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Teachers Reassigned!

Posted by on May. 24, 2010 at 4:20 AM
  • 36 Replies

 

Updated May 22, 2010

Arizona Seeks to Reassign Heavily Accented Teachers

By Casey Stegall

 - FOXNews.com 

After passing the nation's toughest immigration law, Arizona's school officials are now cracking down on teachers with heavy accents.

After passing the nation's toughest state immigration enforcement law, Arizona's school officials are now cracking down on teachers with heavy accents.

The Arizona Department of Education is sending evaluators to audit teachers and their English speaking skills to make sure districts are complying with state and federal laws.

Teachers who are not fluent in English, have a heavy accent or do not speak grammatically correct will be temporarily reassigned.

"As you expect science teachers to know science, math teachers to know math, you expect a teacher who is teaching the kids English to know English," said Tom Home, state superintendent of public instruction.

In 2000, voters passed a referendum which stipulated that instruction of these classes be offered only in English. Then in 2003, President Bush's No Child Left Behind act stated schools couldn't receive federal funding unless an English teacher was totally fluent in the language.

For the most part, the state is in compliance, but not all teachers are up to standards. Of the 236 total districts in the state, nine were cited for not being in compliance with fluency regulation this year.

Critics say with deep cuts to education thanks to the failing economy, the state should focus elsewhere. The Arizona Education Association, a union representing some 34,000 teachers, refused speak to Fox News.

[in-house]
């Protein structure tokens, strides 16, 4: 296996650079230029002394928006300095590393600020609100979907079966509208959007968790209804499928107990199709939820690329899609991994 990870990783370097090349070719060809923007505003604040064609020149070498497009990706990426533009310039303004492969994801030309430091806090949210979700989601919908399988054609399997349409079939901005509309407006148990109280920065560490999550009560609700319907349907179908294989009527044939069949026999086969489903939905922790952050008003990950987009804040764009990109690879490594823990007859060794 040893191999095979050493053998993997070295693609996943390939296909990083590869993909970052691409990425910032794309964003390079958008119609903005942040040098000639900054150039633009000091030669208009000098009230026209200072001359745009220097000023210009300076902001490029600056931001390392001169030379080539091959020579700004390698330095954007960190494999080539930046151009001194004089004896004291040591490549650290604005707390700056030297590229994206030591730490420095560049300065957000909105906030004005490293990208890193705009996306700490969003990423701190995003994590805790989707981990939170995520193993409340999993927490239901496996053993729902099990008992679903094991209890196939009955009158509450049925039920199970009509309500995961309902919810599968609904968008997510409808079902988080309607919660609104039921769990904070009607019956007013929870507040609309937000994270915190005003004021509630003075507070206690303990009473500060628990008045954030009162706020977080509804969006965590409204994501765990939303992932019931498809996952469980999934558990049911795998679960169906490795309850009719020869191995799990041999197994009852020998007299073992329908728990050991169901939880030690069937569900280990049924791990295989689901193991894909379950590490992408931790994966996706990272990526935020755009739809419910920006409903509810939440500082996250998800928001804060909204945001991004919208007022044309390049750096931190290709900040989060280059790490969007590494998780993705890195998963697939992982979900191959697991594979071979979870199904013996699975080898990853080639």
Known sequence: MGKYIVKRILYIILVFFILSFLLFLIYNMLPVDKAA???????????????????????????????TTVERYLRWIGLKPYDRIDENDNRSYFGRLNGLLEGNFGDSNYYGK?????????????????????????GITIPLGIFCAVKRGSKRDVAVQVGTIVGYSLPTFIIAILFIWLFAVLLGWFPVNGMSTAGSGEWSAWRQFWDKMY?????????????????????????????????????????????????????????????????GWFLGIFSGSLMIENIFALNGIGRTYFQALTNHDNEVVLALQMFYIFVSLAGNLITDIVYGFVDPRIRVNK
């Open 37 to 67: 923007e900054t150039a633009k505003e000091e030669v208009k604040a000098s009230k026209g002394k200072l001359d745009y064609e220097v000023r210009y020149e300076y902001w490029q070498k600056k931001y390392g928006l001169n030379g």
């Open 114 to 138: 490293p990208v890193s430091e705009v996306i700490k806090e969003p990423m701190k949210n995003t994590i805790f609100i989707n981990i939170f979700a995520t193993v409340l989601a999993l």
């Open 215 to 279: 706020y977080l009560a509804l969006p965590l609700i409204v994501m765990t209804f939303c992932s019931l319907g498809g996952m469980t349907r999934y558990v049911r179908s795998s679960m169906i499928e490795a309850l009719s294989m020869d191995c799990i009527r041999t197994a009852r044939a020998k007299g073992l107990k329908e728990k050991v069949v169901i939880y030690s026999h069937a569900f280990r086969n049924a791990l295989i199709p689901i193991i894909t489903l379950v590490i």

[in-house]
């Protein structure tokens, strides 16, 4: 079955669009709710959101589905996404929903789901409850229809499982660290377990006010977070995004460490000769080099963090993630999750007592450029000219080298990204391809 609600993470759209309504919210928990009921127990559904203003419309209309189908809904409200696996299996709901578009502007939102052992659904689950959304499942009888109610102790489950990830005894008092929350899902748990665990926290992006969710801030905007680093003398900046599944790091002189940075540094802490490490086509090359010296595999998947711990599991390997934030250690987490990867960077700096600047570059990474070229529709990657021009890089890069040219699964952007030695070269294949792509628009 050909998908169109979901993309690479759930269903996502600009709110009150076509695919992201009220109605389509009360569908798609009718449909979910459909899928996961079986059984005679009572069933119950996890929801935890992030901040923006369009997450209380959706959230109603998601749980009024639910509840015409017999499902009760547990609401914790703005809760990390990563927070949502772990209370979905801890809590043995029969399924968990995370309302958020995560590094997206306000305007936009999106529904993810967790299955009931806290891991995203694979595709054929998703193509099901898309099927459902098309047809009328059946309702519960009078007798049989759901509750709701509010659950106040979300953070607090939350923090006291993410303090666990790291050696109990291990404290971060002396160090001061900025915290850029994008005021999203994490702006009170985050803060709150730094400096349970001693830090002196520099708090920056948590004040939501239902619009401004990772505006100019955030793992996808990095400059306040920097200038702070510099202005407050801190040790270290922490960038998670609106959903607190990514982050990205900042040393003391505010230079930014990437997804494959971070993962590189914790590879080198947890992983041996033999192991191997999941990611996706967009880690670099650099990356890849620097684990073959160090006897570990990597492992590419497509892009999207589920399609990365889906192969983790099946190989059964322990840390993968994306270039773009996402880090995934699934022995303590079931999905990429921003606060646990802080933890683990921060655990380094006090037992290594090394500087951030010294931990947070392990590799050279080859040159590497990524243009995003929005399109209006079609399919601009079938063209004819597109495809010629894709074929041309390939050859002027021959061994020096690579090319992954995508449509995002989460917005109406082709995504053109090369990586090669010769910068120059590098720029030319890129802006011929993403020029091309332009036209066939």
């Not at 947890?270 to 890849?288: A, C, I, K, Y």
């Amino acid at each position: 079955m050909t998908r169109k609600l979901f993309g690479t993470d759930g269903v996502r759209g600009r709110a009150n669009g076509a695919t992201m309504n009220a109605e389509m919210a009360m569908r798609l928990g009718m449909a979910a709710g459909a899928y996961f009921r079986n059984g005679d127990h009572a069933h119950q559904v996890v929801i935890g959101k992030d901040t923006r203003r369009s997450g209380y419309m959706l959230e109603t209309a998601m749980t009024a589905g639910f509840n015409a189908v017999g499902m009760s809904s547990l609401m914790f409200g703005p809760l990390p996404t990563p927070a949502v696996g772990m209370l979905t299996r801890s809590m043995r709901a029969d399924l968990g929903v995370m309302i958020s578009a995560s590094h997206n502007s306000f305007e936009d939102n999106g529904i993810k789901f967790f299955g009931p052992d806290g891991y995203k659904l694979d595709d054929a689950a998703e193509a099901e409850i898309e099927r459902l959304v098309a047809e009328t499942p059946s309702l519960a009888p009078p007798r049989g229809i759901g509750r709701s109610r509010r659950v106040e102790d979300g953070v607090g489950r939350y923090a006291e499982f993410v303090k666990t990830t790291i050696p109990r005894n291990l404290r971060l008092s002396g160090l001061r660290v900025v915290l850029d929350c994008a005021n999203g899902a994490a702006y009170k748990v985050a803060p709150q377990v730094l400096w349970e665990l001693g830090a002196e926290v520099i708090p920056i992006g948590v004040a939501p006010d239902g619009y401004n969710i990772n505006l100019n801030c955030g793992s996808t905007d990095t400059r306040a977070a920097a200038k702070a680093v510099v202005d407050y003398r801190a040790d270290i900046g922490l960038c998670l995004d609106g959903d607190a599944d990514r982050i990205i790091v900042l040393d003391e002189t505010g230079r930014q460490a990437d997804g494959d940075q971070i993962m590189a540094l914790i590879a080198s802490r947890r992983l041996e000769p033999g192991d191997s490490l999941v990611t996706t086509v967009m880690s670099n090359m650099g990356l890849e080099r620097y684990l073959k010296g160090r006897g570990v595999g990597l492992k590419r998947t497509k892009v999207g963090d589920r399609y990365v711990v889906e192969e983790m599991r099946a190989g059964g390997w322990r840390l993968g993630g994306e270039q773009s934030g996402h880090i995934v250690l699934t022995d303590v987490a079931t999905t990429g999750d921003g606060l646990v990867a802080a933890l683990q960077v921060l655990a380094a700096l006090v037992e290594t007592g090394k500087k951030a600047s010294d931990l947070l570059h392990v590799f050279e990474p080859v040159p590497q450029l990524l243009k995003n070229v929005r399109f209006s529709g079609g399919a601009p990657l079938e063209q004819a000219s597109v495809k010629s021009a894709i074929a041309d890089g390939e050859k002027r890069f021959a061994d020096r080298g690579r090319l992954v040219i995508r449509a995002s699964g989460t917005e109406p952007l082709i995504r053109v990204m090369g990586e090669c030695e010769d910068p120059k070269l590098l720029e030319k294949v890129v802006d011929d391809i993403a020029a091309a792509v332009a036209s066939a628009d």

Of the 1.2 million students in Arizona public schools, roughly 150,000 are learning English as a second language.

"It's my jobs to make sure they're taught English in the most rigorous, possible way so they can learn English quickly, can compete with their peers, and succeed academically," Home told Fox News.

The state says this move has nothing to do with the new law that requires police to question people about their immigration status if there is reason to suspect they are in the United States illegally.

In Creighton School District, 35 percent of students are "second language learners," said Superintendent Charlotte Boyle.

"In Creighton's school district, we do have several teachers who do not pass the fluency test," she said.

"For the past several years, we have provided opportunities for those teachers to increase their fluency," she said. "We have enrolled them in community college classes. We also have classes within our district for those teachers."

http://www.foxnews.com/politics/2010/05/22/arizona-seeks-reassign-heavily-accented-teachers/

 




                        


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by on May. 24, 2010 at 4:20 AM
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Replies (1-10):
Kaelansmom
by on May. 24, 2010 at 4:26 AM

 This right here is bull... so, if the person is here legally, knows english... but has an accent, they are screwed anyway? Another reason to avoid Arizona... they would try to send my butt out of the country.. I have an accent.. at least, I would to them

lilywitch
by on May. 24, 2010 at 4:33 AM

If you're a teacher in America, yes you should speak fluent English. Duh. I cannot imagine shipping off teachers that are so desperately needed due to ACCENTS! Are you freaking kidding me?? So, would my husband be allowed to teach since he has an accent? It's British, but it's an accent.

I have found certain "redneck" dialects to be much more unintelligible than Mexican.

stsh
by on May. 24, 2010 at 4:33 AM

I heard ya!!!

Quoting Kaelansmom:

 This right here is bull... so, if the person is here legally, knows English... but has an accent, they are screwed anyway? Another reason to avoid Arizona... they would try to send my butt out of the country.. I have an accent.. at least, I would to them